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Review: Persuasion (2022)

Persuasion (2022)

Directed by: Carrie Cracknell

Premise: An adaptation of the book by Jane Austen. Set in nineteenth century England, a woman (Dakota Johnson) who passed on an offer of marriage is reunited with her former suitor (Cosmo Jarvis) who is now a successful navy captain.

What Works: Persuasion is a period piece with a contemporary sensibility. The plot and everything about the look of the movie places it in the nineteenth century. Any given shot looks familiar to this genre of costume period dramas. But the dialogue and the line delivery of Persuasion has a contemporary feel. The characters speak with an anachronistic vocabulary and the line delivery has a sly, winking-to-the-camera style. This could be obnoxious but it generally works for the movie because it is in touch with the material. Jane Austen had a famously glib writing style and the performances bring that quality forward. The film succeeds in this regard because of the lead performance by Dakota Johnson as Anne. Persuasion is one of the best uses of Johnson in a movie because it capitalizes on her talents for romance and comedy. She nails the English accent and embodies the mix of period and contemporary values. Johnson narrates the movie and occasionally breaks the fourth wall in a way that is likable and mischievous. The film also has an amusing supporting performance by Mia McKenna-Bruce as Anne’s cousin. McKenna-Bruce is very funny in a self-absorbed way.

What Doesn’t: The chief weakness of Persuasion is the love story. The romance of this film is not involving and the movie is often dramatically flat. Anne is in love with Captain Wentworth but other women have their eyes on him as well. It’s clear that Anne and Wentworth still have feelings for each other but just need to act on them. Love stories require a tangible obstacle keeping the lovers apart but the only things separating Anne and Wentworth are their pride and cowardice. That is not an interesting obstacle. The romantic urgency comes and goes and other complications are similarly introduced and discarded. One of the supporting characters gets seriously injured and much is made of it at first but then the injury and the character are cast aside. The film’s portrait of women is a little troubling. These sorts of stories are about women in love and their longing for romance and the politics and gossip of nineteenth-century high society. But the women of Persuasion come across girlish and even infantilized in their starry-eyed airheadedness.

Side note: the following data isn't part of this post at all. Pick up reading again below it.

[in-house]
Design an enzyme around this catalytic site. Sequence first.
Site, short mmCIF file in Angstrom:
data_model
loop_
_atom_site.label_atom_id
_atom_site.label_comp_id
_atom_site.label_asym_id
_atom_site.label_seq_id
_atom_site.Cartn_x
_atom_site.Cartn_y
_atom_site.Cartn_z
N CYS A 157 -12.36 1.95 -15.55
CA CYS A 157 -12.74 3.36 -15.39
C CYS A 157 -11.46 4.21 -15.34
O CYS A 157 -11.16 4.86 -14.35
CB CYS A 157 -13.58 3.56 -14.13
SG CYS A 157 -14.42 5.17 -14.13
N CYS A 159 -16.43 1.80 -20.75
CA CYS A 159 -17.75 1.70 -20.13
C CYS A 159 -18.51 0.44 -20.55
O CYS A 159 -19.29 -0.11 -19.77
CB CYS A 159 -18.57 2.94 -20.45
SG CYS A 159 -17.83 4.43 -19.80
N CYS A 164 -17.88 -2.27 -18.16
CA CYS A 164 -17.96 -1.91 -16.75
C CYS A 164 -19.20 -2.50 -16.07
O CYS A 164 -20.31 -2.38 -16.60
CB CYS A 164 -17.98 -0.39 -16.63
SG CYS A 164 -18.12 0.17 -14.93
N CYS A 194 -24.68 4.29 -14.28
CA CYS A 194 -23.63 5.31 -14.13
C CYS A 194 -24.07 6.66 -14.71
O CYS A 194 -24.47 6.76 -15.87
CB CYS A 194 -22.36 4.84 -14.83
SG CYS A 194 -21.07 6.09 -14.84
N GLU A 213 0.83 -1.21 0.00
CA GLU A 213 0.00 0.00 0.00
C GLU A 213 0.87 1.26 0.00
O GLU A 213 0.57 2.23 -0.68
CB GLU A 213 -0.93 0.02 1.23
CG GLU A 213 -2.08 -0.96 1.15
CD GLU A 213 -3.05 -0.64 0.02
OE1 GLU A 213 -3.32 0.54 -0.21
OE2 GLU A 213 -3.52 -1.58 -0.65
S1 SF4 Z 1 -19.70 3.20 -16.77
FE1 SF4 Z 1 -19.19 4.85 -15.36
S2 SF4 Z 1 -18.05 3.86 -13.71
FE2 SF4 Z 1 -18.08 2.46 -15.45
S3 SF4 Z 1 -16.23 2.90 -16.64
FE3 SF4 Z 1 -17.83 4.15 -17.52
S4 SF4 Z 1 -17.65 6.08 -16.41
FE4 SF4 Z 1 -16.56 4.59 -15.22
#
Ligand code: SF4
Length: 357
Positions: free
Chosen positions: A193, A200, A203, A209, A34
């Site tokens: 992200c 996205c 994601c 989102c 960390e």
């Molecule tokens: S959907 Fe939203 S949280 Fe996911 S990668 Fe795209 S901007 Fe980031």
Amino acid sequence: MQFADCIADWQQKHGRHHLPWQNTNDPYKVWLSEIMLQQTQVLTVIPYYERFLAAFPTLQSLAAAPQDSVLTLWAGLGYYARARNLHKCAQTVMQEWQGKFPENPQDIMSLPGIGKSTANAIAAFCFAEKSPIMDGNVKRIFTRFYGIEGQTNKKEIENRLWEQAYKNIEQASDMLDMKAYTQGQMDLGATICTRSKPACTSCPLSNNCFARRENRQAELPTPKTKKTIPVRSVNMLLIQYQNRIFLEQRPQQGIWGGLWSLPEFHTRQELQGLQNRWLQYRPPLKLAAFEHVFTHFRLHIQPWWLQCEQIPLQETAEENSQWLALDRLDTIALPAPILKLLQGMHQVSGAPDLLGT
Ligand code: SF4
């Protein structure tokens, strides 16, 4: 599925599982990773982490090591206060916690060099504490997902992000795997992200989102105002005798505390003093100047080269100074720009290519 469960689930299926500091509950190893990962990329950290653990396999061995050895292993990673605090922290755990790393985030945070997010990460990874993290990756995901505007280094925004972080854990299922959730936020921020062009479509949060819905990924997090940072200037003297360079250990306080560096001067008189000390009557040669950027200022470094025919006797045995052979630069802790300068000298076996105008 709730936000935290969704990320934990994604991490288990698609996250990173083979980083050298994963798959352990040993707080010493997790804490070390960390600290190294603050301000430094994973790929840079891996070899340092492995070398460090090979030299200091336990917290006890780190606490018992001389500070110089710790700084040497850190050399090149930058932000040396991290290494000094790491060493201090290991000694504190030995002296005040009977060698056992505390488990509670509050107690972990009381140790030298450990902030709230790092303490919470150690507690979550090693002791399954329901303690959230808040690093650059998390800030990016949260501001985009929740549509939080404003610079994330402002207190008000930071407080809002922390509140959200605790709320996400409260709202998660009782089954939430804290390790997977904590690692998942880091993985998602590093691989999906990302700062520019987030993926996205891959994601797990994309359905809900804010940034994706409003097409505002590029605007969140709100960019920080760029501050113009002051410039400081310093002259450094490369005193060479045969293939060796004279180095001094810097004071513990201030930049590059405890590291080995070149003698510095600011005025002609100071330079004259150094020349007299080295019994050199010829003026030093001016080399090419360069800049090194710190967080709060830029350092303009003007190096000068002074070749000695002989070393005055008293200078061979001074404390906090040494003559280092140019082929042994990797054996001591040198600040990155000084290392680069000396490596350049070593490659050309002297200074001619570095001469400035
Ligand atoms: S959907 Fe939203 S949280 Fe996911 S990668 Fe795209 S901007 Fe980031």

DVD extras: On Netflix.

Bottom Line: Persuasion is a mixed effort. It has some likable and very funny performances but it is not an involving love story. The movie has no romantic heat and the storytelling is clumsy.

Episode: #915 (August 28, 2022)